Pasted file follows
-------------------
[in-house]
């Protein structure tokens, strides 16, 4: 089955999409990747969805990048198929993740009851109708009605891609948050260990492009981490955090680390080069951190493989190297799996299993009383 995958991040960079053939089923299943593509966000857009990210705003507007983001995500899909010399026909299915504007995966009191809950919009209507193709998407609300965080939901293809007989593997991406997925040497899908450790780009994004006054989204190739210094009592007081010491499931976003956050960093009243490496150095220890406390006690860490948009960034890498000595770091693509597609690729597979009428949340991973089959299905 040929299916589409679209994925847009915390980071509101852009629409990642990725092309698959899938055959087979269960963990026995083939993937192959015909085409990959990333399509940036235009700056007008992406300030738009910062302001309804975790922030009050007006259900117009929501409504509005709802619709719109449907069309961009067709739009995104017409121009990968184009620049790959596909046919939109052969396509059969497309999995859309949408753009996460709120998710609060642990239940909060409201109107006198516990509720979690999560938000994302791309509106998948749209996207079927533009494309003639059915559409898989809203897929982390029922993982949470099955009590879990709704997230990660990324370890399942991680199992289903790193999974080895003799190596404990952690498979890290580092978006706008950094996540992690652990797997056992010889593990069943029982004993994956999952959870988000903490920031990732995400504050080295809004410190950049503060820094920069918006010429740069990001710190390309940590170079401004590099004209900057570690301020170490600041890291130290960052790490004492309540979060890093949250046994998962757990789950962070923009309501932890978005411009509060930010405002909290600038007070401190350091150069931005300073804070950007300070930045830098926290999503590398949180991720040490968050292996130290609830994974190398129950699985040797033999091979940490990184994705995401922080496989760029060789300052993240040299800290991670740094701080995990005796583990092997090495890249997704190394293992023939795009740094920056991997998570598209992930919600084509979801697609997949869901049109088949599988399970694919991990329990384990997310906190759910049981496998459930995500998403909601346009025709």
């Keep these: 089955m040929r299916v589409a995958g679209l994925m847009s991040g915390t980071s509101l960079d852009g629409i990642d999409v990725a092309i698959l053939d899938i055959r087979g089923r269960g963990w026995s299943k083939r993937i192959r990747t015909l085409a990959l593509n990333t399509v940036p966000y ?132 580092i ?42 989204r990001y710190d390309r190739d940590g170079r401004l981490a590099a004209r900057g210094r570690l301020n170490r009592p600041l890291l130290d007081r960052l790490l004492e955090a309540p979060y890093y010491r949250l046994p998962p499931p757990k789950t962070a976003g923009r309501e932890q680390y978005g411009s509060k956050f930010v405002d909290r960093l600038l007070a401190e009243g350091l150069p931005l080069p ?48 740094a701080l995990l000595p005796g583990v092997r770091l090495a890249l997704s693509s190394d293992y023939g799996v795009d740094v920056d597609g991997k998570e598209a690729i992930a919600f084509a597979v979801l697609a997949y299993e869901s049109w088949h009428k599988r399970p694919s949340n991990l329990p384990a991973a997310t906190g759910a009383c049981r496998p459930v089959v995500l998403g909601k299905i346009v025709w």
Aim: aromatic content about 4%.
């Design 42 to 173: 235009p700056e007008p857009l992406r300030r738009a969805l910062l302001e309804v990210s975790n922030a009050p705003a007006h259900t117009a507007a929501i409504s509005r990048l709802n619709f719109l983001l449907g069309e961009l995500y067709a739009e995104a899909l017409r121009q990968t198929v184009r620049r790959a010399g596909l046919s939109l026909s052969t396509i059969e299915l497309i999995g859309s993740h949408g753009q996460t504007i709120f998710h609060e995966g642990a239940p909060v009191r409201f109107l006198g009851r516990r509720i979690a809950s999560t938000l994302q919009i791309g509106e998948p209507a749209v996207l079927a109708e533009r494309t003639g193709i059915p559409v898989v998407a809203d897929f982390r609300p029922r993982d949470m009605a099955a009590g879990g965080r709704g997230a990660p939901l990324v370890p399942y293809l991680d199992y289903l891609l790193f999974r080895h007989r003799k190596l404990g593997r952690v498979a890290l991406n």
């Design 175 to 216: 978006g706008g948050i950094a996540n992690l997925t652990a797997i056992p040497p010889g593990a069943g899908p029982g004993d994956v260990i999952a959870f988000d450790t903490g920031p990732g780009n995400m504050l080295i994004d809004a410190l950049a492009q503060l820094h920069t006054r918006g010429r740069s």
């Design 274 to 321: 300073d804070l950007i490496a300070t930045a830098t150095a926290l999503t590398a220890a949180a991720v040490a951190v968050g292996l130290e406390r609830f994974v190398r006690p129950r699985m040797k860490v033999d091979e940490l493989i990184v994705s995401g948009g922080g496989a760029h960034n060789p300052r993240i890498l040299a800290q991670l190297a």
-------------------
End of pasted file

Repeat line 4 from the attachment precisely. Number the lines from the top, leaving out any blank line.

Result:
Aim: aromatic content about 4%.